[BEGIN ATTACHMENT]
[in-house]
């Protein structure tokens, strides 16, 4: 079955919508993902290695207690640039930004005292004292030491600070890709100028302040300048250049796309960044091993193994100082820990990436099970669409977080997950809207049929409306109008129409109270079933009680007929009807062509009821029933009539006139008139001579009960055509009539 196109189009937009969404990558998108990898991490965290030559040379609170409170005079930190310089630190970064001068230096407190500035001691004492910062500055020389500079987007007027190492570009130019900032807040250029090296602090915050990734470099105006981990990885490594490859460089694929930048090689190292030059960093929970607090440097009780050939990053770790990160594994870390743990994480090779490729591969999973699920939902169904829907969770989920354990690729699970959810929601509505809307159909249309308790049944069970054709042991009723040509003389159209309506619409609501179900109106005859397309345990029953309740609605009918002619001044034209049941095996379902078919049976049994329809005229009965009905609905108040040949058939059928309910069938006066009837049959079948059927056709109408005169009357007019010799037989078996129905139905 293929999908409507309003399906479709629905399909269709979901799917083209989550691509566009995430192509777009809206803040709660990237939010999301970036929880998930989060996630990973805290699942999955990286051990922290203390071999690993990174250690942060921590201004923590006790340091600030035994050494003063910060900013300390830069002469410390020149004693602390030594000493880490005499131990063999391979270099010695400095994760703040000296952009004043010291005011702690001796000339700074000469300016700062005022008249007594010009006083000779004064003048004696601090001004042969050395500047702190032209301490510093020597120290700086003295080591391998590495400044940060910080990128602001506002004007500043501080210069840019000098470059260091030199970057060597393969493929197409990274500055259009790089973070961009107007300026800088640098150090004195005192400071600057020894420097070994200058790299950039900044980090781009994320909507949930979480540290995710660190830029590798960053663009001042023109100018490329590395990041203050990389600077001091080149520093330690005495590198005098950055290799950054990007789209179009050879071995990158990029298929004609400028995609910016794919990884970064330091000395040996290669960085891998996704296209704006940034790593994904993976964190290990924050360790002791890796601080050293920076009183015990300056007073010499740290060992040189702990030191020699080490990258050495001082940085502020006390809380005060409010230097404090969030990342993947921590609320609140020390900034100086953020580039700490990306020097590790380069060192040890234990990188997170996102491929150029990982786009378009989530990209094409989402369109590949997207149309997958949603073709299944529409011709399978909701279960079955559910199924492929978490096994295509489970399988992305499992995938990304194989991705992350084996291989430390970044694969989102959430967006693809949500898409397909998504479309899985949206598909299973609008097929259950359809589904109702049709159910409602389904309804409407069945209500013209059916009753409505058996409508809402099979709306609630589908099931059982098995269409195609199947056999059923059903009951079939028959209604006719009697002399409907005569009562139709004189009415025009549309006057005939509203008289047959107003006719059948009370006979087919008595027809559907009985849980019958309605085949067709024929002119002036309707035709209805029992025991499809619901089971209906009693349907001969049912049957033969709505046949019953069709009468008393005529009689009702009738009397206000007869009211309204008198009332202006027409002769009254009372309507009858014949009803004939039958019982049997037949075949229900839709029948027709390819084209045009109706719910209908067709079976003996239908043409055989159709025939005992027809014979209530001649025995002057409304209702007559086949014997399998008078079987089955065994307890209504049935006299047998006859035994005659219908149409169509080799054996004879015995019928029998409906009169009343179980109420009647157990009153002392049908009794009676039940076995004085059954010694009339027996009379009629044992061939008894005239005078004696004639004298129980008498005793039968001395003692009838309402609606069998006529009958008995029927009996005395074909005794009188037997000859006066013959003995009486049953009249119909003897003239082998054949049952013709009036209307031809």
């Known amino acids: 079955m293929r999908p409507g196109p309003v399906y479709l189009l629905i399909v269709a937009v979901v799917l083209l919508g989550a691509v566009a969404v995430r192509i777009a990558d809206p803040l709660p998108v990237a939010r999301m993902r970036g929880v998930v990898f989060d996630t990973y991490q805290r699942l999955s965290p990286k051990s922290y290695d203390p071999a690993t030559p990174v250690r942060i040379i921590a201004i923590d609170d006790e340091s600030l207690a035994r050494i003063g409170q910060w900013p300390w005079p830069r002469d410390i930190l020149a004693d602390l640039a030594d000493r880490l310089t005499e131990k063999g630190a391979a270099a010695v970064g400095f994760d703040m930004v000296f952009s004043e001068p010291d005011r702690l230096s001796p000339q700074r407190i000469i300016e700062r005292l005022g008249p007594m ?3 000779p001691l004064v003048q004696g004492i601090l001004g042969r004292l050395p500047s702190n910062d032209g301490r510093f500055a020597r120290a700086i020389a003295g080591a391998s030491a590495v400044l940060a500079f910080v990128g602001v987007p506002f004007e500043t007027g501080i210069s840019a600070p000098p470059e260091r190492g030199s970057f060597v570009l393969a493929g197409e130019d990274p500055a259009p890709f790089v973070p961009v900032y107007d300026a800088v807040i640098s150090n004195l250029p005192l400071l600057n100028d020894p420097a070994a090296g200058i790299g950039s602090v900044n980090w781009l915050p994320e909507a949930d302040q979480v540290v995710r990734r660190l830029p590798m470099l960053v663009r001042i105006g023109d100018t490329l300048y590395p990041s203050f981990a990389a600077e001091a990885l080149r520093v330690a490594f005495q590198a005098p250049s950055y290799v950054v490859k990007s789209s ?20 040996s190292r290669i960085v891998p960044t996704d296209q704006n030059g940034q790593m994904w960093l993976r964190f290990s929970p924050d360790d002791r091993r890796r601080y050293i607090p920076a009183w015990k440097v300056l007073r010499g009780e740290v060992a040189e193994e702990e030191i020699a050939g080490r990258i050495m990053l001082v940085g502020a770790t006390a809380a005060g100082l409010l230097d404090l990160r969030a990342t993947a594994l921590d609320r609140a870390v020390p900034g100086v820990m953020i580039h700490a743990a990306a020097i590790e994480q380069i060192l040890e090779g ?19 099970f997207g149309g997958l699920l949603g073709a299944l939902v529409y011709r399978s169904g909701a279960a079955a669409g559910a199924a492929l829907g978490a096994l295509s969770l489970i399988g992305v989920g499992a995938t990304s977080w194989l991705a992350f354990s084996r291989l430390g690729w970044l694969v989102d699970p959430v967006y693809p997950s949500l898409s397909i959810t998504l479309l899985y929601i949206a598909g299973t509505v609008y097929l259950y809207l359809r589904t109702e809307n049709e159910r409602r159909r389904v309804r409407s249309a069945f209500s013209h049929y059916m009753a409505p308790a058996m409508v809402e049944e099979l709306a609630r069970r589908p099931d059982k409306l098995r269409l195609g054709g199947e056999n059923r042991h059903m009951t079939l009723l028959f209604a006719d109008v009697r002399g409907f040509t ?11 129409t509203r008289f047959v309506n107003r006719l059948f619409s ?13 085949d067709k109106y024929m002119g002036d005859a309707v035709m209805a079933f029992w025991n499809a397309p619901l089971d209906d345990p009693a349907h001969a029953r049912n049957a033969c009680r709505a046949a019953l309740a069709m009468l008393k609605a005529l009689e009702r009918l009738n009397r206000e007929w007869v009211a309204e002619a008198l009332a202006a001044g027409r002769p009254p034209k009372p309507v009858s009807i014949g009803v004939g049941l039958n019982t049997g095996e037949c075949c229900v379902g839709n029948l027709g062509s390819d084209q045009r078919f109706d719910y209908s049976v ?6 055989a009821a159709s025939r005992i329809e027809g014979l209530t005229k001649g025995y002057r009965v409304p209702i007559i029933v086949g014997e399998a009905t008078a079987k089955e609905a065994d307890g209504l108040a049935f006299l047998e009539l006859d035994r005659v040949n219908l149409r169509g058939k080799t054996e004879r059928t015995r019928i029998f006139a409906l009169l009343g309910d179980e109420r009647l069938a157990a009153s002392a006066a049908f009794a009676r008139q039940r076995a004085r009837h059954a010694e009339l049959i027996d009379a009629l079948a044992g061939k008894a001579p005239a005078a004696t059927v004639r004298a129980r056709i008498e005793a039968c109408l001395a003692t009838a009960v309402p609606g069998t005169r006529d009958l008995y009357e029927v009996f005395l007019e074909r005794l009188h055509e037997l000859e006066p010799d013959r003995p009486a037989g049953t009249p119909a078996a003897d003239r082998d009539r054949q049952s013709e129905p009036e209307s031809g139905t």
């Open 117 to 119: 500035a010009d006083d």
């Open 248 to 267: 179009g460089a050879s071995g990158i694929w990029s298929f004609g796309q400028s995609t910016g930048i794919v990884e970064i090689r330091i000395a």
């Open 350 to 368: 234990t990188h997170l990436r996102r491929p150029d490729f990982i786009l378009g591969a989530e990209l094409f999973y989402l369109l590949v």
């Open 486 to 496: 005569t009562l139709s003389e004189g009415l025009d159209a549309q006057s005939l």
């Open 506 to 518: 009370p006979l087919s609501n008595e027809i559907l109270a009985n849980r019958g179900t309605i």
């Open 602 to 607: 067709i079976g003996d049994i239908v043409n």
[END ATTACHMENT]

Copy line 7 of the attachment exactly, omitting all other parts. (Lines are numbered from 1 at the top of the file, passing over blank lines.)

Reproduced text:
């Open 486 to 496: 005569t009562l139709s003389e004189g009415l025009d159209a549309q006057s005939l």